Posted: August 29th, 2018
Differential Diagnosis for Skin Conditions
Assignment 1: Differential Diagnosis for Skin Conditions
Properly identifying the cause and type of a patient’s skin condition involves a process of elimination known as differential diagnosis. Using this process, a health professional can take a given set of physical abnormalities, vital signs, health assessment findings, and patient descriptions of symptoms, and incrementally narrow them down until one diagnosis is determined as the most likely cause.
In this Assignment, you will examine several visual representations of various skin conditions, describe your observations, and use the techniques of differential diagnosis to determine the most likely condition.
- Review the Skin Conditions document provided in this week’s Learning Resources, and select one condition to closely examine for this Assignment.
- Consider the abnormal physical characteristics you observe in the graphic you selected. How would you describe the characteristics using clinical terminologies?
- Explore different conditions that could be the cause of the skin abnormalities in the graphics you selected.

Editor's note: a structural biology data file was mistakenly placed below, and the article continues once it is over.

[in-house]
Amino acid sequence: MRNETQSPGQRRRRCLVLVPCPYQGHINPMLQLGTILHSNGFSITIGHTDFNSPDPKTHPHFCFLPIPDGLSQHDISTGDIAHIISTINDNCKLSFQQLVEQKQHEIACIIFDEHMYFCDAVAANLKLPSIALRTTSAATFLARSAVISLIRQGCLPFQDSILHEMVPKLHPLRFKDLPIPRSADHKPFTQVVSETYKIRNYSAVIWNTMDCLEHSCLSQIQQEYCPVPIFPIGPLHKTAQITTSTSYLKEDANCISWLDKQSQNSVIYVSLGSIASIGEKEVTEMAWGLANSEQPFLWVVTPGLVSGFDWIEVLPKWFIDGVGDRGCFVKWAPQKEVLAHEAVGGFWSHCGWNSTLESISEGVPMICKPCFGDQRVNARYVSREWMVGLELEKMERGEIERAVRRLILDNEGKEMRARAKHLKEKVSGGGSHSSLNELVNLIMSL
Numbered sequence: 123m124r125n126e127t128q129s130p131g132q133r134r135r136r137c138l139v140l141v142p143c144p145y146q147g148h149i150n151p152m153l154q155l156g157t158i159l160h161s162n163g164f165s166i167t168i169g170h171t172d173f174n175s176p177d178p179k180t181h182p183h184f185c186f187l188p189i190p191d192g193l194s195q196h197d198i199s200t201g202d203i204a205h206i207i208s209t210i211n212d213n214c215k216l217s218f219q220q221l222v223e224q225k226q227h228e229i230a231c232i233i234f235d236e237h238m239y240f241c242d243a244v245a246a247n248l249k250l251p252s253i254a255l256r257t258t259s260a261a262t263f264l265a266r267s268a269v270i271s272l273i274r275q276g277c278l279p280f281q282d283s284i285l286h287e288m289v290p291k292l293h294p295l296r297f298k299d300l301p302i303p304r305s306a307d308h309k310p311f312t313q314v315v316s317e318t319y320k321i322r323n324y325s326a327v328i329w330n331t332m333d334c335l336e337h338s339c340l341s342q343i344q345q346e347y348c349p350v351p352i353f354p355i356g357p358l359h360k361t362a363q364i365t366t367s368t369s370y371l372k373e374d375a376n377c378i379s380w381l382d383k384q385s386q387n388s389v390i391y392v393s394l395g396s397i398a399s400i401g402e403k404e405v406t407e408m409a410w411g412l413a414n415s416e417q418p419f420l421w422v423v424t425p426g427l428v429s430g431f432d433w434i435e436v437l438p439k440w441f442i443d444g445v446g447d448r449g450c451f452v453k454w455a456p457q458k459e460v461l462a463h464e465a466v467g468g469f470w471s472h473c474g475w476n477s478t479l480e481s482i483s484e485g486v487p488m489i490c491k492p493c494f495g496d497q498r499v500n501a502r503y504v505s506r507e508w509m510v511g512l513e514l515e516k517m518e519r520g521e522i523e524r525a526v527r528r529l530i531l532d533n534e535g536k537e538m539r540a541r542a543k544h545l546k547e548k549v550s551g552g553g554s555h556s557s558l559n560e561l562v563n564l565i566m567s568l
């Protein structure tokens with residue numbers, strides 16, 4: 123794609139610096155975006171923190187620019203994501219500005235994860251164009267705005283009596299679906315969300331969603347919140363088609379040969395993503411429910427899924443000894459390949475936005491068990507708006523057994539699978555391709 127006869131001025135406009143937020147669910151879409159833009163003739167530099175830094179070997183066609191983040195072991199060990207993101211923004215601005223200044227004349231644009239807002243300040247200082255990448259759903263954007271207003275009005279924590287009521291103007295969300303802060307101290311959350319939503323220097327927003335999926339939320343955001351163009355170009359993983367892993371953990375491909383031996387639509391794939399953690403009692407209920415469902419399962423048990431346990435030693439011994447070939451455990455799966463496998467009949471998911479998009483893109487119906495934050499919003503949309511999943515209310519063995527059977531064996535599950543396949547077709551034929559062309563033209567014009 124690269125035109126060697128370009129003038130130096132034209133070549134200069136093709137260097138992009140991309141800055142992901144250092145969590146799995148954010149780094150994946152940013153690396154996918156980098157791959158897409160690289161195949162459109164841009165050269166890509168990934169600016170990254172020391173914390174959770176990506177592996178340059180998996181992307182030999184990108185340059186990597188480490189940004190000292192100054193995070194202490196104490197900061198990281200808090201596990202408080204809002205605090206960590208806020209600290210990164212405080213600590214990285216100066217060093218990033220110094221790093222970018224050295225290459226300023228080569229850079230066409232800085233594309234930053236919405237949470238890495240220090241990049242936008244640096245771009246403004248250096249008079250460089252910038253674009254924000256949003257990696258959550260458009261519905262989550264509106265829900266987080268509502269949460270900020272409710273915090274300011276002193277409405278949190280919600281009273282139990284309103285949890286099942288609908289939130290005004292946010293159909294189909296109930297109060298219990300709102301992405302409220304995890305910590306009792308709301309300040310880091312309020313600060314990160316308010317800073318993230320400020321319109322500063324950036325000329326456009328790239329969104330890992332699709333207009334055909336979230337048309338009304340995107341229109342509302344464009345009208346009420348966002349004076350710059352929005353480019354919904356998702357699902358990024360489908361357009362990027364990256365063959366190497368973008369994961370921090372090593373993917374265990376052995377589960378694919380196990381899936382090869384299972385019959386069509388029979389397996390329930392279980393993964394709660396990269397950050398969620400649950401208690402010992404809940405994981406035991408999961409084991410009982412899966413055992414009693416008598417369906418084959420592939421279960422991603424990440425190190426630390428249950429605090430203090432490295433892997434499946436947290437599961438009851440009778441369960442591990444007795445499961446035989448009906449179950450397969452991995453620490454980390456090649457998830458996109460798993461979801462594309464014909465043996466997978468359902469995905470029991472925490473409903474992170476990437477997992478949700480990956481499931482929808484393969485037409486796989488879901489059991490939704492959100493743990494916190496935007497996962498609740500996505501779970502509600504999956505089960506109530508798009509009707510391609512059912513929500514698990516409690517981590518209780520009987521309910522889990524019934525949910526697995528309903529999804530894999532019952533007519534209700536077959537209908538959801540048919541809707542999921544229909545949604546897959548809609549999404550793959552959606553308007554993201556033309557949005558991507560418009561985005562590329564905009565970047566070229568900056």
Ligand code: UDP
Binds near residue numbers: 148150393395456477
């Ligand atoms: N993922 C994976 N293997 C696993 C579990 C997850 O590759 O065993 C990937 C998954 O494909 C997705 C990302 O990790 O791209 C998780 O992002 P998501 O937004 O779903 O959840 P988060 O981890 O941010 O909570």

- Consider which of the conditions is most likely to be the correct diagnosis, and why.
- Download the SOAP Template found in this week’s Learning Resources.
- Choose one skin condition graphic (identify by number in your Chief Complaint) to document your assignment in the SOAP (Subjective, Objective, Assessment, and Plan) note format, rather than the traditional narrative style. Refer to Chapter 2 of the Sullivan text and the Comprehensive SOAP Template in this week’s Learning Resources for guidance. Remember that not all comprehensive SOAP data are included in every patient case.
- Use clinical terminologies to explain the physical characteristics featured in the graphic. Formulate a differential diagnosis of three to five possible conditions for the skin graphic that you chose. Determine which is most likely to be the correct diagnosis and explain your reasoning using at least 3 different references from current evidence based literature.